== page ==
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Posts by Blueicus

A question for you:  What type of Japanese restaurant is it?  High end?  Casual?  Is it traditional or is it more modern/fusiony?  What's the menu currently like?  In terms of Japanese food if you're talking about high end then you are striving to create cuisine that is simple, yet elegant.  Focus on a few ingredients in the Japanese canon, focus on a couple flavours you want to pair and accentuate then present it in a minimalist fashion.  You don't need fancy equipment to...
This issue is really more of one that's systemic to kitchens worldwide than in the US in particular.  I'm pretty sure Michelin-starred restaurants around the world have their cooks and chefs putting in similar hours.   As for the idealized 40-hour work week it only really works if the service and prep aspect of the job were more divorced from each other.  In restaurants where service runs from 5:30 to 10:30 (sometimes later) and clean-up takes an hour or so it leaves...
Typical buttercream ratios (with meringue) is 3 fat, 2 sugar, 1 egg whites.  That will make it a reasonable sweetness
Sous vide blanching works incredibly well for purple root veg, especially potatoes and carrots.  Also for potatoes cooking them in the skin then cutting them will help them keep their colour.  If you're talking about purple beans you're somewhat out of luck as I've not heard of a good method, though sous vide blanching is probably still your best bet.  Also try oil blanching.
The machines with compressors are always superior to the ones that require you to freeze the bucket.  However, the pacojet works on a different principle because it is essentially a "glorified" ice shaver that basically "pacotizes" a frozen block into a scoop able product.  This means you can packetize anything that is frozen, from sweet to savoury to mousses, etc.  The thing about making sorbets or ice creams with no sugar or stabilizer is that you can't hold the product...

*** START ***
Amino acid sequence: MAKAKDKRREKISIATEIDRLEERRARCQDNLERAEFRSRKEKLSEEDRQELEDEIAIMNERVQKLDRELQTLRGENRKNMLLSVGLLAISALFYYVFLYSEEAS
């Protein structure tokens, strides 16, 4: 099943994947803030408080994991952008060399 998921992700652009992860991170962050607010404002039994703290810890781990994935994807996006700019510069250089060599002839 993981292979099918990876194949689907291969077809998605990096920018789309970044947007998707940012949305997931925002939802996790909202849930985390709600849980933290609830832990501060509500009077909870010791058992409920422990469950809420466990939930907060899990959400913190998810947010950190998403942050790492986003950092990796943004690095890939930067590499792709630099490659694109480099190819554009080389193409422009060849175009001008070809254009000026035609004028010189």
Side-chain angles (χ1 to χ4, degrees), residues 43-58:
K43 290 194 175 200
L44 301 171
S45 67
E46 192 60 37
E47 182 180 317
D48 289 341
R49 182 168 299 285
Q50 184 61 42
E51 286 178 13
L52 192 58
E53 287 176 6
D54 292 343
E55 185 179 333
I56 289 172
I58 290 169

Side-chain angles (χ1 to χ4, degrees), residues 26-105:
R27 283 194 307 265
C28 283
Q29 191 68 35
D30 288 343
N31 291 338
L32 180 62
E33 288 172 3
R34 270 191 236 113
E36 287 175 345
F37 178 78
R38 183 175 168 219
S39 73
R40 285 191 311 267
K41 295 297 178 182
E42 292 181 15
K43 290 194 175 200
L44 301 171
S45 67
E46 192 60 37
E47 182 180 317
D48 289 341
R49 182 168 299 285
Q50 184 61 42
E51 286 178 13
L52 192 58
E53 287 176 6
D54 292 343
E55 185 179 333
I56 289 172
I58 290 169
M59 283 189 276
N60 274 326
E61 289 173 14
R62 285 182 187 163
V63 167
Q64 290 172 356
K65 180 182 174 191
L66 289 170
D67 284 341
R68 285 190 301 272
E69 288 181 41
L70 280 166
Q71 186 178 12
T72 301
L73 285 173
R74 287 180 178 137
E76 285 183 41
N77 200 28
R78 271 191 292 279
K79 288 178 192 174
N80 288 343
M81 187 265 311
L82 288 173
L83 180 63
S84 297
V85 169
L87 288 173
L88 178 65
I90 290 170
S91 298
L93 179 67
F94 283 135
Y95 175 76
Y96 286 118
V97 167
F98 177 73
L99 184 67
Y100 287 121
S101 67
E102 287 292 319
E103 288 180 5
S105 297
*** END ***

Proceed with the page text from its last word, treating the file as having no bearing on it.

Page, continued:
your math is wrong because of several factors:   a)  It is based on a 40 hr. work week. (8 hrs/day).   b)  You only get paid for time you work.  In a week you are generally expected to work 5 days (according to these calculations)   c)  You get paid for 52 weeks of work in a year (it totals out to 364 days in a 'year' 7x52).  This includes the 2 weeks paid allowable vacation.   So what you get is 21x40x52 = 43680.   Of course, few sous chefs actually work 40...
Everybody brings up some interesting points, but I find that for those that advocate only cooking for the customer and all else is being on an ego trip I bring up the point that unless you work in a tiny town with nothing close by within a hundred km, as a restaurant one has some luxury as to how a restaurateur builds their client base.   The restaurant I worked at has faced a major transformation from since I took over to the way it is currently.  Before I was there we...
Vancouver is an interesting city for the industry, a lot of chefs moan about getting good staff, but I don't think it's much different than any other medium-sized market nearby.  There's always job fairs (more for corporate McJobs) and really digging your claws into those culinary schools (only appropriate for entry level positions)
Has anybody attempted to make a dairy-free buttercream-like frosting for a cake?  I'd like to avoid using a margarine-like substitute and prefer to use coconut cream if possible.  Will it emulsify properly with a cooked meringue, or will it just be a total waste of ingredients?
You can, in fact "teach" your customers, however, it must be done from a position of trust.  I go to certain restaurants to eat the predictable and I go to other restaurants ti be surprised.  Depends on what you market yourself as and how you build your clientele.
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